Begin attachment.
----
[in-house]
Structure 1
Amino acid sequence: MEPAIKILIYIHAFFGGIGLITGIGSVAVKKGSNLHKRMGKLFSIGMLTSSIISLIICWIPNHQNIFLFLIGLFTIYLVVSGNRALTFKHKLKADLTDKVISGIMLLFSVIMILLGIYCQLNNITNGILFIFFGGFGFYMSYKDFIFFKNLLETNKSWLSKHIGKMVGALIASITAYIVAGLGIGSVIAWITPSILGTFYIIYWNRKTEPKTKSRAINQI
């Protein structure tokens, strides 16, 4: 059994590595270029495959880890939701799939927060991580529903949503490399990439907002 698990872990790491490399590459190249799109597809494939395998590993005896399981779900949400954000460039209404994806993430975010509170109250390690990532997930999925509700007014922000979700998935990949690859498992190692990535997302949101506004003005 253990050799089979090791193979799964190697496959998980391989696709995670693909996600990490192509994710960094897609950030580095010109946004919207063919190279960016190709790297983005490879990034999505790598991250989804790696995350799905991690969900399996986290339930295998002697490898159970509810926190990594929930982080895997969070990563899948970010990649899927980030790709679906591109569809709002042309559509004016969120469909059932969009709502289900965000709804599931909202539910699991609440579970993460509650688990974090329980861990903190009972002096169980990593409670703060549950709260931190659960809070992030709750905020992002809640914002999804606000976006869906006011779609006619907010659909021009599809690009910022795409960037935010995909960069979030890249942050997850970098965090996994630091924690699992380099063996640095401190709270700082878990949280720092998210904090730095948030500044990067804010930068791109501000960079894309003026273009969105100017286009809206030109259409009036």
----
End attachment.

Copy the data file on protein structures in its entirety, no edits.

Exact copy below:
[in-house]
Structure 1
Amino acid sequence: MEPAIKILIYIHAFFGGIGLITGIGSVAVKKGSNLHKRMGKLFSIGMLTSSIISLIICWIPNHQNIFLFLIGLFTIYLVVSGNRALTFKHKLKADLTDKVISGIMLLFSVIMILLGIYCQLNNITNGILFIFFGGFGFYMSYKDFIFFKNLLETNKSWLSKHIGKMVGALIASITAYIVAGLGIGSVIAWITPSILGTFYIIYWNRKTEPKTKSRAINQI
């Protein structure tokens, strides 16, 4: 059994590595270029495959880890939701799939927060991580529903949503490399990439907002 698990872990790491490399590459190249799109597809494939395998590993005896399981779900949400954000460039209404994806993430975010509170109250390690990532997930999925509700007014922000979700998935990949690859498992190692990535997302949101506004003005 253990050799089979090791193979799964190697496959998980391989696709995670693909996600990490192509994710960094897609950030580095010109946004919207063919190279960016190709790297983005490879990034999505790598991250989804790696995350799905991690969900399996986290339930295998002697490898159970509810926190990594929930982080895997969070990563899948970010990649899927980030790709679906591109569809709002042309559509004016969120469909059932969009709502289900965000709804599931909202539910699991609440579970993460509650688990974090329980861990903190009972002096169980990593409670703060549950709260931190659960809070992030709750905020992002809640914002999804606000976006869906006011779609006619907010659909021009599809690009910022795409960037935010995909960069979030890249942050997850970098965090996994630091924690699992380099063996640095401190709270700082878990949280720092998210904090730095948030500044990067804010930068791109501000960079894309003026273009969105100017286009809206030109259409009036």